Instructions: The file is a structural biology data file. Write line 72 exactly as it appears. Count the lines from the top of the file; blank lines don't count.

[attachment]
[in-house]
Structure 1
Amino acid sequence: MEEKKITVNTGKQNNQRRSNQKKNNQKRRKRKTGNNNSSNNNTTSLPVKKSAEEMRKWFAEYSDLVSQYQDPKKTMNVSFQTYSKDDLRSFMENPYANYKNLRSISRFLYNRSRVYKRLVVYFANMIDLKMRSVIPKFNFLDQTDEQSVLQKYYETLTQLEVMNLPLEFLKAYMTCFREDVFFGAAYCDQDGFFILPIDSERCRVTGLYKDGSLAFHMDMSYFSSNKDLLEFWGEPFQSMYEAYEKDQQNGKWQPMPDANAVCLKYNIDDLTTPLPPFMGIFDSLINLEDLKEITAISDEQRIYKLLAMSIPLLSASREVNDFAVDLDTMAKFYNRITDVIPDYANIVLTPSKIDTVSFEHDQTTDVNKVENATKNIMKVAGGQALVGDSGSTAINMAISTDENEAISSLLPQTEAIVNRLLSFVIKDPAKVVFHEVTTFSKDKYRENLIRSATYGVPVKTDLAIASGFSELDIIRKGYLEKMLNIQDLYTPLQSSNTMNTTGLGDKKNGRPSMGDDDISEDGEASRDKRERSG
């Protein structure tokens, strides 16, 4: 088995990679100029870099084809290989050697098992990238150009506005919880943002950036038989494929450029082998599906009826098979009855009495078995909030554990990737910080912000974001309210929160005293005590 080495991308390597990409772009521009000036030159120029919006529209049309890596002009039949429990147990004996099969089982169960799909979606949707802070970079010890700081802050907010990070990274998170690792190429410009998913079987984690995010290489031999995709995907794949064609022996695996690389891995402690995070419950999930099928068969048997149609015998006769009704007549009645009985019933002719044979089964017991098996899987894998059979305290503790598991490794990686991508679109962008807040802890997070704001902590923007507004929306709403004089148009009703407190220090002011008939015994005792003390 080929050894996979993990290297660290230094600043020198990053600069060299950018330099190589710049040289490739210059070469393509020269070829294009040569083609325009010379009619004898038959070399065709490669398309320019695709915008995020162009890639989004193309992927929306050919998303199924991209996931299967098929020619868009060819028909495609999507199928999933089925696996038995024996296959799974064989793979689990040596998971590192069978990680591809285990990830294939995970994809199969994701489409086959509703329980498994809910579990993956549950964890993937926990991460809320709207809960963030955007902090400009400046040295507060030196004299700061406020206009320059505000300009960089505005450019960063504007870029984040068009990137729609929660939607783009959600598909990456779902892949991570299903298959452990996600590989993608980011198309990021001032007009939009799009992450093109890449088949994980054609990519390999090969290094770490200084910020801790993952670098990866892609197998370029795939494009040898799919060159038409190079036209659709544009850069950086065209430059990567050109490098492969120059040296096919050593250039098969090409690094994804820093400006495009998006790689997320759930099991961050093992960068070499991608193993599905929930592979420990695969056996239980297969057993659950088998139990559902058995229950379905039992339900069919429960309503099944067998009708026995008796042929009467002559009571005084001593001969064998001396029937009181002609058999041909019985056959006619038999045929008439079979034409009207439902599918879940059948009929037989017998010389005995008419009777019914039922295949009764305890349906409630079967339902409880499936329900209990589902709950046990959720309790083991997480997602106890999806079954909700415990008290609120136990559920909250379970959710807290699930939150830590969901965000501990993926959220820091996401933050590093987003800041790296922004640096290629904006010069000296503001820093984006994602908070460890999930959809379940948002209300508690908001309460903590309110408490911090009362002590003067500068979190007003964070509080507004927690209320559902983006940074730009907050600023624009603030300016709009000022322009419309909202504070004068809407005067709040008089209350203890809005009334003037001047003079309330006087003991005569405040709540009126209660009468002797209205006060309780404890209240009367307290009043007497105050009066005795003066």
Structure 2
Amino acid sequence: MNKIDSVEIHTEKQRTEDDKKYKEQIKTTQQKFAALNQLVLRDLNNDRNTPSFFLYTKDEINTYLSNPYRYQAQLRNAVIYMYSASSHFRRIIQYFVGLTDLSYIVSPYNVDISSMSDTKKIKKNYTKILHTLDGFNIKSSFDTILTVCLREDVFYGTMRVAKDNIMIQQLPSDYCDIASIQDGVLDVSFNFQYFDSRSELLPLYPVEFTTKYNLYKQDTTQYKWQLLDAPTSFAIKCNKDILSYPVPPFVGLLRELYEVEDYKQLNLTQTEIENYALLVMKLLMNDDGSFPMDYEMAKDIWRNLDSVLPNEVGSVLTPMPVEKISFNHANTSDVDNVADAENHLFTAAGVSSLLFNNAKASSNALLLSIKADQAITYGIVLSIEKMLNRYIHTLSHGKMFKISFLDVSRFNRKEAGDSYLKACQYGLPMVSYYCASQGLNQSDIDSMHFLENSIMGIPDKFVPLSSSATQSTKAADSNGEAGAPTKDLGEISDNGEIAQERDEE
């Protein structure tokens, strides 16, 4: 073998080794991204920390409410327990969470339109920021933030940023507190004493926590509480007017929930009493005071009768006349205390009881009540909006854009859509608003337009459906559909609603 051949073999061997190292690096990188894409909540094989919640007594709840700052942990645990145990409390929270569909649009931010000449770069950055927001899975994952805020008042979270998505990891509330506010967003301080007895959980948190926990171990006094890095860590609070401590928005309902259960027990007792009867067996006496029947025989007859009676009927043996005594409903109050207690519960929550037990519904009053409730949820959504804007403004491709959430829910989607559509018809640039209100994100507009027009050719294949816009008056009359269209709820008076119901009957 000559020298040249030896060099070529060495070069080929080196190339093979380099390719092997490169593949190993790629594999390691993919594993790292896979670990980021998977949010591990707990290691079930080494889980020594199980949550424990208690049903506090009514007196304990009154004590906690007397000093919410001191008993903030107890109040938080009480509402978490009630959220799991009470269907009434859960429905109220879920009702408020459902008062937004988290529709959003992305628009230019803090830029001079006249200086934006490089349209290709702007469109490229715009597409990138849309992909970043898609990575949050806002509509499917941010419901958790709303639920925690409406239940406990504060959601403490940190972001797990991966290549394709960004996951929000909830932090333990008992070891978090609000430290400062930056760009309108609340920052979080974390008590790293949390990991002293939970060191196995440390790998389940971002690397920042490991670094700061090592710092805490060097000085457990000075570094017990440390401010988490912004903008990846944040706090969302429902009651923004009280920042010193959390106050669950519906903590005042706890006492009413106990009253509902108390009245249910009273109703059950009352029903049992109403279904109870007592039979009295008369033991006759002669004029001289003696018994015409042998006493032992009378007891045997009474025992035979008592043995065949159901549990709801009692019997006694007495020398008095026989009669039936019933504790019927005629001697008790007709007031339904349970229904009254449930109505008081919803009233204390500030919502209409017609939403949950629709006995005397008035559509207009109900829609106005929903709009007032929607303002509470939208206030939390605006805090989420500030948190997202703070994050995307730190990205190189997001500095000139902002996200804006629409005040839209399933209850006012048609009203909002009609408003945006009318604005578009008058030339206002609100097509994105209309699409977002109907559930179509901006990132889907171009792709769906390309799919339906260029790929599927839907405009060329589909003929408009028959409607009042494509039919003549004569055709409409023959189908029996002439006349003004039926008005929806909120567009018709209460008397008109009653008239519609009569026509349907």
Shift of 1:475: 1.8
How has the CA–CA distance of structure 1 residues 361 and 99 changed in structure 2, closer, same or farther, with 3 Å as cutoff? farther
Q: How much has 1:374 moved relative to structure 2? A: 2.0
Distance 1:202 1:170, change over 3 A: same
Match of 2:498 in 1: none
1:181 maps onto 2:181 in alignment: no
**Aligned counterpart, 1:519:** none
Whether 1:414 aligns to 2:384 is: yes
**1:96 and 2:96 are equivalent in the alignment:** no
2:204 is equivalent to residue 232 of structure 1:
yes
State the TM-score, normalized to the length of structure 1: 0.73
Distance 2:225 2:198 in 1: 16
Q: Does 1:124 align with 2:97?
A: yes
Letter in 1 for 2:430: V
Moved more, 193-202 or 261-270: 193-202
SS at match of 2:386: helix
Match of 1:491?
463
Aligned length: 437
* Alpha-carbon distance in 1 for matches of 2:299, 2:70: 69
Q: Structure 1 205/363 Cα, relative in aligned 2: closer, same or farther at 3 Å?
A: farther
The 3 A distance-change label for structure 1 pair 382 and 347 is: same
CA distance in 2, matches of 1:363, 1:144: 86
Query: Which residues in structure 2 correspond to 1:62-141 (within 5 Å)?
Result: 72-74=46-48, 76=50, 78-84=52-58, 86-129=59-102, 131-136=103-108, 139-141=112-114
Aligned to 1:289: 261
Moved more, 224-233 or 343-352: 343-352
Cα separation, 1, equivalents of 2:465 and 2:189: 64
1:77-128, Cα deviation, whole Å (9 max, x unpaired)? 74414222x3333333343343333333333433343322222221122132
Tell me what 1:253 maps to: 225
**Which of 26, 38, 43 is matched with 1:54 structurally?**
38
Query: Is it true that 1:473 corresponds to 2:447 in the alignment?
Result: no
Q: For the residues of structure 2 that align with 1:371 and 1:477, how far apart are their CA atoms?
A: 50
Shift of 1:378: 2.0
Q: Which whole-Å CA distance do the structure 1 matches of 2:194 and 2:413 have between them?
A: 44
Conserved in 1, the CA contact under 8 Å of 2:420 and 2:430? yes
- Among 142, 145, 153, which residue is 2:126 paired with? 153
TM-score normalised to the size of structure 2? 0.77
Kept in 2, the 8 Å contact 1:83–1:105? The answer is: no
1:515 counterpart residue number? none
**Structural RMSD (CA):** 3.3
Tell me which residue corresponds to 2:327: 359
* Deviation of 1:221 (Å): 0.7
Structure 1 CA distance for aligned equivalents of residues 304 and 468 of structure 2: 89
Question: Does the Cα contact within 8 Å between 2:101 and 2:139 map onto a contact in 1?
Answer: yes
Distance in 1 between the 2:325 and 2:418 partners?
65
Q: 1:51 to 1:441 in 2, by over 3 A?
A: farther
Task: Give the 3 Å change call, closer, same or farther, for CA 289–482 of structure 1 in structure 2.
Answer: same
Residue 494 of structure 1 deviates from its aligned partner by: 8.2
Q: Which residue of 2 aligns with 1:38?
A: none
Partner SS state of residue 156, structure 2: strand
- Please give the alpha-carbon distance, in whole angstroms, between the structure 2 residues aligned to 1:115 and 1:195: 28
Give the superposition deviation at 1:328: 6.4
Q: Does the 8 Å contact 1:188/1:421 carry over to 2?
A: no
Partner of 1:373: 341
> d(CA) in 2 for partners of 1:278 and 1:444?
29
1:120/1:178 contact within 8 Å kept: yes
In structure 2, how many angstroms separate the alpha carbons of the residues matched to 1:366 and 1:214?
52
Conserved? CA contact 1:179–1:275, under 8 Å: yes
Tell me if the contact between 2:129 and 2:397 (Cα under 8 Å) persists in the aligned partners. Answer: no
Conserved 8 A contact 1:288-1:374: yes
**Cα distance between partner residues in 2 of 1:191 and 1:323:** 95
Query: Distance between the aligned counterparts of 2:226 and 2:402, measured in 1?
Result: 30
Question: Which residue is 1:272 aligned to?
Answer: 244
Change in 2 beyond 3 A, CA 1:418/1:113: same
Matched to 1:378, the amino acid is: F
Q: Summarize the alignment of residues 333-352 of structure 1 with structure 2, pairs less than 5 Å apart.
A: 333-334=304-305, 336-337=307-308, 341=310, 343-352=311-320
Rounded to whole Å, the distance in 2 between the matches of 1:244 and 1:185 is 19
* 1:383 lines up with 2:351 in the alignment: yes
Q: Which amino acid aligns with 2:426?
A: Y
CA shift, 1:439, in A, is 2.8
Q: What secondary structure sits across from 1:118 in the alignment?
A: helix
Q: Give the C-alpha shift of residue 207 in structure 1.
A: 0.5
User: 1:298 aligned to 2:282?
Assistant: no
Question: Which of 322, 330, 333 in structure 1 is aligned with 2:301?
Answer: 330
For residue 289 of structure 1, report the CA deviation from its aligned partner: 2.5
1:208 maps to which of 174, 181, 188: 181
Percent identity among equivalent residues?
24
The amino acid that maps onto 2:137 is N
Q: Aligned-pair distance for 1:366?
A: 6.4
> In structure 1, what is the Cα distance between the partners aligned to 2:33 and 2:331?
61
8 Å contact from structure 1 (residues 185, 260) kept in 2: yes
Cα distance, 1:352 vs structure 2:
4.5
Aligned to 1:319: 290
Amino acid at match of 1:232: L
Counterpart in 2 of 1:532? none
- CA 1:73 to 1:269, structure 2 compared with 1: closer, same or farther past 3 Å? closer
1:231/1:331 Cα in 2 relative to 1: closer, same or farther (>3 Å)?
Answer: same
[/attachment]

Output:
Give the superposition deviation at 1:328: 6.4